The improved needle guard 10 is designed for use with a conventional medical syringe 12 of the type having a hollow syringe barrel 18 with the hypodermic needle 14 supported at the barrel nose end 16 by means of a suitable fitting 20 or the like. A plunger 22 is received into an open rear end of the syringe barrel 18 for movement therein to dispense medication from the syringe, or alternately to draw fluid into the syringe. The geometric size of the syringe barrel 18 may vary in terms of barrel diameter and length, in accordance with the fluid volume capacity of the barrel. In one typical form, the syringe 12 is designed for disposal following a single use. The needle guard 10 is designed primarily for mounting onto the syringe barrel 18 subsequent to syringe use, to safeguard medical personnel and others against accidental contact with the used hypodermic needle 14. However, it will be recognized and understood that the improved needle guard 10 may additionally be used to protect against inadvertent needle contact prior to use of the syringe.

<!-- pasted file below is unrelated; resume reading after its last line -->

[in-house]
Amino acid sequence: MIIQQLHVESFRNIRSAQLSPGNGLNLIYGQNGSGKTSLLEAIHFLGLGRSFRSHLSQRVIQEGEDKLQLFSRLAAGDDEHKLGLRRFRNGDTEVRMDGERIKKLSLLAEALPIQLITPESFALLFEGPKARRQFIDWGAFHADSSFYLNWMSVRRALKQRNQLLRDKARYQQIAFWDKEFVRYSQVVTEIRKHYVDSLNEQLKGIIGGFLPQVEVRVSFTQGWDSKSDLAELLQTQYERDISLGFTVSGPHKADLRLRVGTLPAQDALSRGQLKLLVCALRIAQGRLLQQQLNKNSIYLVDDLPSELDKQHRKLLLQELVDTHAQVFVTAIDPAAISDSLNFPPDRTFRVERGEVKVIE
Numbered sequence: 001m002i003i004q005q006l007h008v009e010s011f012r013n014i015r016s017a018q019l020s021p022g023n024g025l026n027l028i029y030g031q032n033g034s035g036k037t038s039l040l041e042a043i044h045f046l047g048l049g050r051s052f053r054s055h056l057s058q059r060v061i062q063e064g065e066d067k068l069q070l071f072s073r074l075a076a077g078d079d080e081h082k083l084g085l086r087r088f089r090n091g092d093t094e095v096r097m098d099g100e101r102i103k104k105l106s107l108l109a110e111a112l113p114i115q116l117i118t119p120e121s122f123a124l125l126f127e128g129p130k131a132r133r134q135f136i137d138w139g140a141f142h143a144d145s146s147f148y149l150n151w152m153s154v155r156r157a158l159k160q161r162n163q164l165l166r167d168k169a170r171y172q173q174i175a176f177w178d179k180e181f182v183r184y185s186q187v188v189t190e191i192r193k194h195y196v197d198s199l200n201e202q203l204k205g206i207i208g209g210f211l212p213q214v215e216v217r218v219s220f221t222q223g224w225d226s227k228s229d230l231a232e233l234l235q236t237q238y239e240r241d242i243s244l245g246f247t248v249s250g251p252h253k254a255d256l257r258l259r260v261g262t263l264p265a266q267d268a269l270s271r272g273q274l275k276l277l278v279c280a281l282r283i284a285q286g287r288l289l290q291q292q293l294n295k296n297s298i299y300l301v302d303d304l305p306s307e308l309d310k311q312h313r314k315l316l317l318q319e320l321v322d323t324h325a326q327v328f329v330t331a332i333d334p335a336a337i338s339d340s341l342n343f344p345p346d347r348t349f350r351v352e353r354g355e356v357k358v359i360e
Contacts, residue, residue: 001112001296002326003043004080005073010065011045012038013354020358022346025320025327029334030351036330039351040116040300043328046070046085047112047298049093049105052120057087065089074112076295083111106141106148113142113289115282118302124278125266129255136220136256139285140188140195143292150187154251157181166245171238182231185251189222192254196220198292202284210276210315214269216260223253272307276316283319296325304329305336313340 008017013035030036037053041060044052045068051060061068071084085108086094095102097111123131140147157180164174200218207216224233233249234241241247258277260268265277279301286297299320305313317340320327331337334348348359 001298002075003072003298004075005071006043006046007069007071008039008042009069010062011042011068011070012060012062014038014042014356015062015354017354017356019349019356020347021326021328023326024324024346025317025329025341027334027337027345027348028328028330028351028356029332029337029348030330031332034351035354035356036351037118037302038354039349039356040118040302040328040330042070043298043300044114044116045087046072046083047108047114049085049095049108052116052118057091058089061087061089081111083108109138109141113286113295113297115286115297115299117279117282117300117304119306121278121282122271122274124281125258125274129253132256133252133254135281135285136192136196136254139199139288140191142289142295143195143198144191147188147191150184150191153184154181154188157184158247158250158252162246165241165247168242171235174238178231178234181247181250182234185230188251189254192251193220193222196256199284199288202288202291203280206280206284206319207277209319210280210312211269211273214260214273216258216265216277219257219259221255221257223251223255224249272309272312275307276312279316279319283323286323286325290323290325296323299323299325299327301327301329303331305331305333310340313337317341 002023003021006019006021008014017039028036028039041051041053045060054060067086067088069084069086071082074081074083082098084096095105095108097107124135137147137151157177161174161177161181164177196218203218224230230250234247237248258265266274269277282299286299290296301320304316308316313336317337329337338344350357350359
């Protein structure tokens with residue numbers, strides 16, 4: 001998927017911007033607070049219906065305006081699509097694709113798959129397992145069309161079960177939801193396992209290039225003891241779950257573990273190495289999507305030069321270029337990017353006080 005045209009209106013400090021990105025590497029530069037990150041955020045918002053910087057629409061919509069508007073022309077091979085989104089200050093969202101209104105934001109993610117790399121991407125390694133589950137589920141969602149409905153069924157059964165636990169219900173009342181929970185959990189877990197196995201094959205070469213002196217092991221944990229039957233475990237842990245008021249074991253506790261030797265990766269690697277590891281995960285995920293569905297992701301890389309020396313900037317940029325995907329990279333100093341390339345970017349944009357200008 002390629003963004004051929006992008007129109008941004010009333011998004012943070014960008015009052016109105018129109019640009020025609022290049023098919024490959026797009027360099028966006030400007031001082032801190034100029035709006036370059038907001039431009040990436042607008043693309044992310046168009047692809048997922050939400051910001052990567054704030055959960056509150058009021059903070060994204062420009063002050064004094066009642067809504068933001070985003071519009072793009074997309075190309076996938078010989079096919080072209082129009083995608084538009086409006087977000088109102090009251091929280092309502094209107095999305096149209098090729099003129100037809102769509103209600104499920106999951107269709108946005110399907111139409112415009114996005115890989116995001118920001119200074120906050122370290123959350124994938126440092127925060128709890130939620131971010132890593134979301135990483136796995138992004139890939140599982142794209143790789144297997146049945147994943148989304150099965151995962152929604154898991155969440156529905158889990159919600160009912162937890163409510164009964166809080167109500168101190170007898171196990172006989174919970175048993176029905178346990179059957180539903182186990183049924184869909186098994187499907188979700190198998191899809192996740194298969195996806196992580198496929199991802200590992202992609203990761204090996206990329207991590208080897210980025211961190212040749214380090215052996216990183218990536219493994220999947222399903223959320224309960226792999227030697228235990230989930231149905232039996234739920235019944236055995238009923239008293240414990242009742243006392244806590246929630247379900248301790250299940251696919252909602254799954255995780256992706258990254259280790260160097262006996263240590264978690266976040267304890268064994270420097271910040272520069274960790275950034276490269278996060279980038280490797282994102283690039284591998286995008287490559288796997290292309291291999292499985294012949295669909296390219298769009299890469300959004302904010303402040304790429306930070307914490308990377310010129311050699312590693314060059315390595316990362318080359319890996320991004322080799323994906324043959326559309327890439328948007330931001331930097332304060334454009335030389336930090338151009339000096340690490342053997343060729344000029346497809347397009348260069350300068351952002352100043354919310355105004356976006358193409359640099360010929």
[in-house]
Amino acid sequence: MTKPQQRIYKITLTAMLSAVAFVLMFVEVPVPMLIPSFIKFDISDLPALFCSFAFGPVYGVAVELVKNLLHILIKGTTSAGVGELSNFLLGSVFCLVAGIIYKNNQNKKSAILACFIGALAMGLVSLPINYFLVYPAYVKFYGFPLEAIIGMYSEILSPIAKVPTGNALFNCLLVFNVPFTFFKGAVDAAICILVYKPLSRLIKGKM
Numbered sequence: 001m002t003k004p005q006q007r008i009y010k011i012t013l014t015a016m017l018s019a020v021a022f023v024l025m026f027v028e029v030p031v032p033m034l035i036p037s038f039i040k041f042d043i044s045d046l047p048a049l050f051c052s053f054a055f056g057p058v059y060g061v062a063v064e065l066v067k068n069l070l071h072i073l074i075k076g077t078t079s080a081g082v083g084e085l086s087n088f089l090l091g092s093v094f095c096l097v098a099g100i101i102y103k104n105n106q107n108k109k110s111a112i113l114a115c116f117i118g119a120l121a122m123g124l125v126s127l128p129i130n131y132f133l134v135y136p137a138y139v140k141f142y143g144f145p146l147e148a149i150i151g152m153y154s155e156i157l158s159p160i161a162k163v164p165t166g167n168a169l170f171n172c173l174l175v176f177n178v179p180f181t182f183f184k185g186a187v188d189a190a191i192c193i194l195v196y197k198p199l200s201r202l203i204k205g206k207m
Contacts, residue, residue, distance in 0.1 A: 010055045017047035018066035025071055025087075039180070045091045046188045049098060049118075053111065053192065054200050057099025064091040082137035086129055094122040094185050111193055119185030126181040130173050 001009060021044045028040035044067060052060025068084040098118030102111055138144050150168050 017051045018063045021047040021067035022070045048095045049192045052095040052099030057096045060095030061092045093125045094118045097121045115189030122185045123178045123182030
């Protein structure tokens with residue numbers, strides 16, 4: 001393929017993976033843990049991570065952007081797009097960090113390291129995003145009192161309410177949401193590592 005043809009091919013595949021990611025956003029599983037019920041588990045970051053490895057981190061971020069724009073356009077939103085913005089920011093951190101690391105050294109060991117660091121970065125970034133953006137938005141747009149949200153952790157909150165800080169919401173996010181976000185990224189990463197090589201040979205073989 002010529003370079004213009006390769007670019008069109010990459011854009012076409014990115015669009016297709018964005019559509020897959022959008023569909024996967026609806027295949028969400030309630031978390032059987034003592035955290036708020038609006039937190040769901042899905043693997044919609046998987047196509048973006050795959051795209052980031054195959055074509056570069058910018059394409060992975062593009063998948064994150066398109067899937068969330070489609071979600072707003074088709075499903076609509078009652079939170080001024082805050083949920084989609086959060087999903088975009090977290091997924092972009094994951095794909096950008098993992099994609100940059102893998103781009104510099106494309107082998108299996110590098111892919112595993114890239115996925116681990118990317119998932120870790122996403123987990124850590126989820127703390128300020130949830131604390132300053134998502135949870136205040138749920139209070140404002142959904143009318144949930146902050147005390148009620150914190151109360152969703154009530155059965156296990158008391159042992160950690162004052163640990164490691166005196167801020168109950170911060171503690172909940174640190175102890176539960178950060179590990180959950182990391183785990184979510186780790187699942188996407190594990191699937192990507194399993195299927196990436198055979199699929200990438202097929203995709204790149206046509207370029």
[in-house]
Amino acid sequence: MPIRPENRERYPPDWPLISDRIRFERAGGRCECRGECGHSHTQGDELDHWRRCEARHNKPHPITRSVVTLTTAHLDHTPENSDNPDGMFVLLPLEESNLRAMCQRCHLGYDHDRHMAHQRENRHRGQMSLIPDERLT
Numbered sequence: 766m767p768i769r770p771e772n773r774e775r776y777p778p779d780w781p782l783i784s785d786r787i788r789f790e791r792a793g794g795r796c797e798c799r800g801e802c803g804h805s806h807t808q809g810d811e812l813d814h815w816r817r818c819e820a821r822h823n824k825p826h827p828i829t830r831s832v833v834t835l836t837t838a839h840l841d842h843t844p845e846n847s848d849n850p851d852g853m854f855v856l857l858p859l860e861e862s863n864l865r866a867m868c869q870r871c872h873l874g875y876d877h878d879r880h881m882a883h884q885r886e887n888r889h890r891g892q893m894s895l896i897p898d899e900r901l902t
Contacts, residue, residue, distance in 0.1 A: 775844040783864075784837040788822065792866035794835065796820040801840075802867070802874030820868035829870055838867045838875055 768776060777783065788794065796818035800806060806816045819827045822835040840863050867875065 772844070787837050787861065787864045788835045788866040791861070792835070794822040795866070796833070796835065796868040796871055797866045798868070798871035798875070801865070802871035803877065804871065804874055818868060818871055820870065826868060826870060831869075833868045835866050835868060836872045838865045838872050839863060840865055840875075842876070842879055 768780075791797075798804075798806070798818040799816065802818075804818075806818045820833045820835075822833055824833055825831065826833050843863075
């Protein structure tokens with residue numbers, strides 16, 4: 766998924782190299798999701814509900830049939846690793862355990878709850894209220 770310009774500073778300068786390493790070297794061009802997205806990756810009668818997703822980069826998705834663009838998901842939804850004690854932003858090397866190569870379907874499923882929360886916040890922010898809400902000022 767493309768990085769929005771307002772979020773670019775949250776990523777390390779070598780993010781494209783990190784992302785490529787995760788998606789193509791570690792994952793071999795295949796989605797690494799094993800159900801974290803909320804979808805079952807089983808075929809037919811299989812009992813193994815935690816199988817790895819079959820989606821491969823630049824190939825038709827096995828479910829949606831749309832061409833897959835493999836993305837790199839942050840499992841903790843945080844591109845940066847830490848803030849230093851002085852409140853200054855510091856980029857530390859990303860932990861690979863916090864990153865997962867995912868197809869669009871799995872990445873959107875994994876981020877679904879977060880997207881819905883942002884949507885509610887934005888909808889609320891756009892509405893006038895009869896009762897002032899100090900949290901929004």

The needle guard 10 comprises a generally tubular and longitudinally split guard sleeve 24 constructed in the preferred form from a relatively lightweight yet structurally stiff sheet of plastic material which is rolled and set in a normal cylindrical and partially collapsed configuration with closely adjacent and preferably at least slightly overlapping or scrolled longitudinal marginal edges 26. In this normal configuration, the guard sleeve 24 has a relatively small diametric size (FIG. 1) which may be slightly less than the diametric size of the barrel 18 of the syringe 12 onto which the sleeve 24 is to be mounted. In addition, the guard sleeve 24 has a longitudinal length sufficiently greater than the length of the hypodermic needle 14, to permit a rear or proximal end of the sleeve 24 to be secured onto the barrel 18 such as at the barrel nose end 16, as will be described in more detail, with a front or distal end of the sleeve 24 protruding forwardly from the barrel nose end 16 to a position terminating at least slightly beyond the pointed tip of the needle 14.